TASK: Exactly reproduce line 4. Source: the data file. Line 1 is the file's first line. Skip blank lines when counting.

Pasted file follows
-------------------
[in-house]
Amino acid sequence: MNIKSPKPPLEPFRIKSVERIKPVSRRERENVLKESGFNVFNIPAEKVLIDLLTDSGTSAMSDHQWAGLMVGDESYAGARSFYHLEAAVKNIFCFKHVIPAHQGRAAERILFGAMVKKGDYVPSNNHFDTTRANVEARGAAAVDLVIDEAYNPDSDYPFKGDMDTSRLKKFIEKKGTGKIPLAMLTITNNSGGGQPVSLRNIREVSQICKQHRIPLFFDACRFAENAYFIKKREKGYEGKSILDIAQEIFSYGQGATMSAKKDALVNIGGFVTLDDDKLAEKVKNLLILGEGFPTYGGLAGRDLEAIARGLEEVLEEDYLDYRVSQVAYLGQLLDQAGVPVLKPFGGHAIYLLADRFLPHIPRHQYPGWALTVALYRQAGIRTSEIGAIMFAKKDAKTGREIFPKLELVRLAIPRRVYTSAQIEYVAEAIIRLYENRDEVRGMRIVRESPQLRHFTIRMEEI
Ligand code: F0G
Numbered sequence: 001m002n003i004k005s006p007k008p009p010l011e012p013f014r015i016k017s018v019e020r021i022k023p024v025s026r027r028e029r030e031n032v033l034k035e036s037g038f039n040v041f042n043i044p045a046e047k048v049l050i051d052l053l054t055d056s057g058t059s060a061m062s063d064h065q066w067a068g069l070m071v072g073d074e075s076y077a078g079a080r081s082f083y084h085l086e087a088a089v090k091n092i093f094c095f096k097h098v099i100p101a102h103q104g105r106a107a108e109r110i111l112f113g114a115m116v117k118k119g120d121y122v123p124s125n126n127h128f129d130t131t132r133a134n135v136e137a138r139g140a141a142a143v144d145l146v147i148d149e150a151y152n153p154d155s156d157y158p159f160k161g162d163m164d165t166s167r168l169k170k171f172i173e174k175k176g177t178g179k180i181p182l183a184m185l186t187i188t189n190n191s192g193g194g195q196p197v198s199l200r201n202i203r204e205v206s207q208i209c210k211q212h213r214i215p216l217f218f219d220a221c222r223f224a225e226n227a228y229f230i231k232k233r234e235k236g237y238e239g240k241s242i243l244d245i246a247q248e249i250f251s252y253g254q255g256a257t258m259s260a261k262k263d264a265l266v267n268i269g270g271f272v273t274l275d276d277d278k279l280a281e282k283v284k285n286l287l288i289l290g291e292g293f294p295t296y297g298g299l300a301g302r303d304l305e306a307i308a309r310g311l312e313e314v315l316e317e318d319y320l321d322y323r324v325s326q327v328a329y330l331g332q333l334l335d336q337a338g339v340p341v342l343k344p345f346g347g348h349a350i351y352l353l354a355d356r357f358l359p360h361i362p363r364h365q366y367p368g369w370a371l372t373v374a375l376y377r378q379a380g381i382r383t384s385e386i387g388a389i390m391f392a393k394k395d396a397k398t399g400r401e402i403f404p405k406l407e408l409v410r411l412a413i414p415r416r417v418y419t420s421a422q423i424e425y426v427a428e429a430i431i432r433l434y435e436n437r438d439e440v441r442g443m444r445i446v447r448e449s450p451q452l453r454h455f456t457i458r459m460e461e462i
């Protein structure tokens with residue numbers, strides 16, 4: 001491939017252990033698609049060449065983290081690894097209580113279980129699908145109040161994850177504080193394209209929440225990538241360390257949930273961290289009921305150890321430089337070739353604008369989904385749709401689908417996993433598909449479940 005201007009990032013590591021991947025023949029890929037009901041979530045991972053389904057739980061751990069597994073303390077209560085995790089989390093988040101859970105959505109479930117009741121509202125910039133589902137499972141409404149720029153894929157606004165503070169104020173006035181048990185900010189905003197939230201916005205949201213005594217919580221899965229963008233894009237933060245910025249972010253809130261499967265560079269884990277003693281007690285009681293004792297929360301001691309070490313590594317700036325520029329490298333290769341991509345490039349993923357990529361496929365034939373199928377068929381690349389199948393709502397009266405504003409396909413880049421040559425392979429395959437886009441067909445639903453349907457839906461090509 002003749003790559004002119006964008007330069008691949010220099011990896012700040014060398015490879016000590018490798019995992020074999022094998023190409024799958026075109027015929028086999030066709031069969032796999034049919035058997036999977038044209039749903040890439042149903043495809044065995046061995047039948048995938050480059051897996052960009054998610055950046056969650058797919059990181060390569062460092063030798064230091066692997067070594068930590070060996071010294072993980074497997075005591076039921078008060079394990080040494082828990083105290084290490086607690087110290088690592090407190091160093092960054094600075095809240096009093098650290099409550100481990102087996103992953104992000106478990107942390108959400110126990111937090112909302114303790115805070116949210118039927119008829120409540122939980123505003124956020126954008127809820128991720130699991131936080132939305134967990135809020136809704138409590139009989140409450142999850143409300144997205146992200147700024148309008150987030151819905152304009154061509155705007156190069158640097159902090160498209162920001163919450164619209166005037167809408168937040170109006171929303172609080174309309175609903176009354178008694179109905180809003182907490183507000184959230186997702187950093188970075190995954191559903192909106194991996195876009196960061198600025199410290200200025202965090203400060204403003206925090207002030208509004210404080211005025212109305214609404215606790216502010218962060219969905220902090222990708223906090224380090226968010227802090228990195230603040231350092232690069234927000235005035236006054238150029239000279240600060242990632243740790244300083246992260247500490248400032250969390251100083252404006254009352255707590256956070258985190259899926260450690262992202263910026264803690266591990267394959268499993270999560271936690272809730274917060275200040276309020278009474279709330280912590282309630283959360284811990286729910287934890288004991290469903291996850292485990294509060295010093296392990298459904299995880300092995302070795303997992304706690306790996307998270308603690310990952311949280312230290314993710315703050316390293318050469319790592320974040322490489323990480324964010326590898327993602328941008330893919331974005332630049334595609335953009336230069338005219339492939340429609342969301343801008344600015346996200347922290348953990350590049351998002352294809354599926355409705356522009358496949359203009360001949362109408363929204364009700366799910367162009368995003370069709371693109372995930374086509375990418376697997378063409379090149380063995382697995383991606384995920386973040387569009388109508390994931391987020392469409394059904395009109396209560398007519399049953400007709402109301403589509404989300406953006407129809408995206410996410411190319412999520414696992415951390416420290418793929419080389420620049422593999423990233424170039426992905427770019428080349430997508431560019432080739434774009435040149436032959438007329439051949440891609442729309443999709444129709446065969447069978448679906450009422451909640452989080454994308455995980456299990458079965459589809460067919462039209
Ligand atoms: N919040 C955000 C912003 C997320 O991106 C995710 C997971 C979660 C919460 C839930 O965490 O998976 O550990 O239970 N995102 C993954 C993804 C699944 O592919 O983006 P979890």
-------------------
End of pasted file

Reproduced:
Numbered sequence: 001m002n003i004k005s006p007k008p009p010l011e012p013f014r015i016k017s018v019e020r021i022k023p024v025s026r027r028e029r030e031n032v033l034k035e036s037g038f039n040v041f042n043i044p045a046e047k048v049l050i051d052l053l054t055d056s057g058t059s060a061m062s063d064h065q066w067a068g069l070m071v072g073d074e075s076y077a078g079a080r081s082f083y084h085l086e087a088a089v090k091n092i093f094c095f096k097h098v099i100p101a102h103q104g105r106a107a108e109r110i111l112f113g114a115m116v117k118k119g120d121y122v123p124s125n126n127h128f129d130t131t132r133a134n135v136e137a138r139g140a141a142a143v144d145l146v147i148d149e150a151y152n153p154d155s156d157y158p159f160k161g162d163m164d165t166s167r168l169k170k171f172i173e174k175k176g177t178g179k180i181p182l183a184m185l186t187i188t189n190n191s192g193g194g195q196p197v198s199l200r201n202i203r204e205v206s207q208i209c210k211q212h213r214i215p216l217f218f219d220a221c222r223f224a225e226n227a228y229f230i231k232k233r234e235k236g237y238e239g240k241s242i243l244d245i246a247q248e249i250f251s252y253g254q255g256a257t258m259s260a261k262k263d264a265l266v267n268i269g270g271f272v273t274l275d276d277d278k279l280a281e282k283v284k285n286l287l288i289l290g291e292g293f294p295t296y297g298g299l300a301g302r303d304l305e306a307i308a309r310g311l312e313e314v315l316e317e318d319y320l321d322y323r324v325s326q327v328a329y330l331g332q333l334l335d336q337a338g339v340p341v342l343k344p345f346g347g348h349a350i351y352l353l354a355d356r357f358l359p360h361i362p363r364h365q366y367p368g369w370a371l372t373v374a375l376y377r378q379a380g381i382r383t384s385e386i387g388a389i390m391f392a393k394k395d396a397k398t399g400r401e402i403f404p405k406l407e408l409v410r411l412a413i414p415r416r417v418y419t420s421a422q423i424e425y426v427a428e429a430i431i432r433l434y435e436n437r438d439e440v441r442g443m444r445i446v447r448e449s450p451q452l453r454h455f456t457i458r459m460e461e462i